DAP: Upgrading Sarawak bus service will cost fraction of LRT

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KUCHING: It would be more effective to improve public transportation in Sarawak by upgrading the existing bus system, and it could be done at a fraction of the cost of the proposed light rail transit (LRT), says the DAP.

The party, which has been pushing for a government takeover of the state’s bus companies, said the cost of building and operating the LRT may exceed 20 times that of buying new buses and staffing them to service more routes.

“We cannot understand why is it when the DAP asks the government to improve our bus transportation system, the government refused to do it but has instead come up with this LRT system, which is so much more expensive and not as practical,” Pending assemblywoman Violet Yong told reporters here today.

Chief Minister Abang Johari Openg had recently proposed to link the towns in southern Sarawak with a railway system.

He said the state was also interested in adopting low or zero emission electric vehicles to connect Kuching, Serian and Samarahan.

Under the proposal, the chief minister expected the groundwork for the first LRT station to be completed by 2020.

Prior to Abang Johari’s announcement, the DAP had proposed that the state government take over the bus firms in Sarawak.

There are currently four bus companies in Kuching, namely Bau Transport Company, Petra Jaya Transport Company, Syarikat City Public Link (CPL) Bus Service Sdn Bhd and Sarawak Transport Company Bhd.

The companies currently have 107 buses, servicing 60 routes.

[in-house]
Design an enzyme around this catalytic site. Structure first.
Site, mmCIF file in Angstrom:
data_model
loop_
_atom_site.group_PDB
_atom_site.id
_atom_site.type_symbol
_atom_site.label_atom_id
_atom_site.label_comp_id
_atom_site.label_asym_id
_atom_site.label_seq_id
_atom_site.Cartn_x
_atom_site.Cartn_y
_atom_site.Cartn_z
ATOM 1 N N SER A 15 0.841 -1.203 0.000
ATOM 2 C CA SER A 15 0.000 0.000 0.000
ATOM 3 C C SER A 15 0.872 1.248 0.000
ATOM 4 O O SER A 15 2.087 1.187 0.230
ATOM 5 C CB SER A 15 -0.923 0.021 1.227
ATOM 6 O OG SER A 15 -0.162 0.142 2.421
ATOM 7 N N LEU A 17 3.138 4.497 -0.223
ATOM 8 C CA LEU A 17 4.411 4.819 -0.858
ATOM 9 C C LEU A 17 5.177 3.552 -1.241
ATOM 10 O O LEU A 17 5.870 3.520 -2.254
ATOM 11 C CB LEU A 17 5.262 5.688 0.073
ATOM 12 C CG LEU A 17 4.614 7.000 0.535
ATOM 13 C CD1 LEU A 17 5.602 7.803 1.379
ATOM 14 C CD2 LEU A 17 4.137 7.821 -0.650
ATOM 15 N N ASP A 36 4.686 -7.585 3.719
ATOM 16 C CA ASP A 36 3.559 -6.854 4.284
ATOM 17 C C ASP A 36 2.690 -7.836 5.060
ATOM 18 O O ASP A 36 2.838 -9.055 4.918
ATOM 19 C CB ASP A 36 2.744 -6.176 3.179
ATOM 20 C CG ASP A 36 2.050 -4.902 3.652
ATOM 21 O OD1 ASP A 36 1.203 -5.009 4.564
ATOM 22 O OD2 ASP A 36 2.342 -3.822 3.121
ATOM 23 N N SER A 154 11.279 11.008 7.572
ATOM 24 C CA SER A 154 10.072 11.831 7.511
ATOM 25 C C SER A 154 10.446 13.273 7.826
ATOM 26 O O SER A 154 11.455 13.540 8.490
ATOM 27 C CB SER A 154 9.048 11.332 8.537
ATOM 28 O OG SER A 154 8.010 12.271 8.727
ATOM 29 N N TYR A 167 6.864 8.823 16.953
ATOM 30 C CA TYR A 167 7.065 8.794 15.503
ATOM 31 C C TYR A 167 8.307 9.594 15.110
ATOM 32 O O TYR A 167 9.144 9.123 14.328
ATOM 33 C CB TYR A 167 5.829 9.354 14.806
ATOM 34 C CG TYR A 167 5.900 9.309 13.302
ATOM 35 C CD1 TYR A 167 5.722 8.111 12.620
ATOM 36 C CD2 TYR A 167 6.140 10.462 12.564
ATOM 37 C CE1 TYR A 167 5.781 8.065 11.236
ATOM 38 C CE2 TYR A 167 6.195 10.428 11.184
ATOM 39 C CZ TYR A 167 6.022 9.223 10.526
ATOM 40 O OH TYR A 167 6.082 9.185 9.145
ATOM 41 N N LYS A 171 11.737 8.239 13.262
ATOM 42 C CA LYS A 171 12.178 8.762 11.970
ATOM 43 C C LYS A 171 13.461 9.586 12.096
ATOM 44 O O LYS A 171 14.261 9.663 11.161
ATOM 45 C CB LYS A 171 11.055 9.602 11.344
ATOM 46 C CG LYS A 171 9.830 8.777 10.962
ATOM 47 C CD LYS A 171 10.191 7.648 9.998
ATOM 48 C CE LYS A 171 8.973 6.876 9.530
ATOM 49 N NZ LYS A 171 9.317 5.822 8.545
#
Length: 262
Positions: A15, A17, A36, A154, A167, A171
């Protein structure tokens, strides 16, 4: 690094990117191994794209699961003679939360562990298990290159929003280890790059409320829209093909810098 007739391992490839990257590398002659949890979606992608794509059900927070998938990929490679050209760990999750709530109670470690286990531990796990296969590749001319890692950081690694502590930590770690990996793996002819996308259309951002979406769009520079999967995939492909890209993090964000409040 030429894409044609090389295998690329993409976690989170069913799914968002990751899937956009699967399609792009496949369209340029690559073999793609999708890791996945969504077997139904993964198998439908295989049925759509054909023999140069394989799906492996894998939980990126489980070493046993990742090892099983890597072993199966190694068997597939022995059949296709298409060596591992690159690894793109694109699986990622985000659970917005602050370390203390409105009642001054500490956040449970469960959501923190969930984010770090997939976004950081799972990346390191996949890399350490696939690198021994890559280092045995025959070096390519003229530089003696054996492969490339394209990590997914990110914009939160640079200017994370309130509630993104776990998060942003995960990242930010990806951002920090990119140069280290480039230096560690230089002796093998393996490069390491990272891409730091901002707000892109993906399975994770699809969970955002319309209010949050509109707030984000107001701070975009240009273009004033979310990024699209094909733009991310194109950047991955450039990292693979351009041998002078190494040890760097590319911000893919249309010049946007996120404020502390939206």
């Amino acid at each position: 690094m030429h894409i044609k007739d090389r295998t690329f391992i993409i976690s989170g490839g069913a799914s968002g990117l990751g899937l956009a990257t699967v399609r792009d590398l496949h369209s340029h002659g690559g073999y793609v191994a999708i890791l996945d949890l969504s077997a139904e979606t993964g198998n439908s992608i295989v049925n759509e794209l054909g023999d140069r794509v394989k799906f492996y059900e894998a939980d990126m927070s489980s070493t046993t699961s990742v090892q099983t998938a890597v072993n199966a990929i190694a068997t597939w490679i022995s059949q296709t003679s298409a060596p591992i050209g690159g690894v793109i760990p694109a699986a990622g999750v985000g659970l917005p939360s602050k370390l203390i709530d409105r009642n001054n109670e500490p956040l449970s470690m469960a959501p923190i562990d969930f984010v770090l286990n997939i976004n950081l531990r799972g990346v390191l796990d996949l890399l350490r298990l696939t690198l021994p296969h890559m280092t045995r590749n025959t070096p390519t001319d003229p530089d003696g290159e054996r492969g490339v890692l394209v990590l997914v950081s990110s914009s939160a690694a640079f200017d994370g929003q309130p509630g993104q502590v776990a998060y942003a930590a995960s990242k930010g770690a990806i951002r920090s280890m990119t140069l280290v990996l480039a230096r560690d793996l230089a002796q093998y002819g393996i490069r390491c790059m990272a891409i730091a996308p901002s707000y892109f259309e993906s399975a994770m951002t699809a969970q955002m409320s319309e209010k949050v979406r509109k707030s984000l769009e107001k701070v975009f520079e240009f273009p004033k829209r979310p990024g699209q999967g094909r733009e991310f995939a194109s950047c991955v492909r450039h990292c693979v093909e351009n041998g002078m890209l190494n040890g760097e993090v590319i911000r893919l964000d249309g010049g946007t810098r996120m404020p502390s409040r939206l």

The DAP estimated the overall costs for the expanded operations and new buses covering Kuching, Serian and Samarahan over the next five years to come up to RM500 million.

“We only need RM500 million to improve the bus transportation in the major cities, by taking over and improving what already exists. But the government has refused to do it for RM500 million and now they want the LRT, which we believe is not right at this point in time.

“We’ve still not seen a public transport master plan coming out from the state government,” Yong said.

In Budget 2016, Prime Minister Najib Razak had announced that the LRT3 extension project in Kuala Lumpur – covering 37km in tracks – will cost RM10 billion.

The DAP estimated that the proposed Samarahan-Kuching-Serian route may exceed 50 km.

Yong added that the new LRT system would still require buses and taxis to service the stations.

“Once the people reach the destination, how do you expect them to go to their workplaces?

“You must have better bus and taxi services and sufficient parking spaces at the LRT stations. The stations must have all these supporting features and facilities to make it complete.

“You cannot implement LRT as a single project only, which is very costly,” Yong said.

She added that the DAP supports the improvement of public transportation but would need to review the master public transport blueprint.

“Our government must be more practical rather than just dream big. But before you reach that stage you have to fulfil the prior stages. Furthermore, it’s ironic we don’t have proper road standards and now we want to go for the LRT.”

“The government must let the public know the masterplan first. At the end of the day, this plan must be workable and not end up as a white elephant,” Yong said.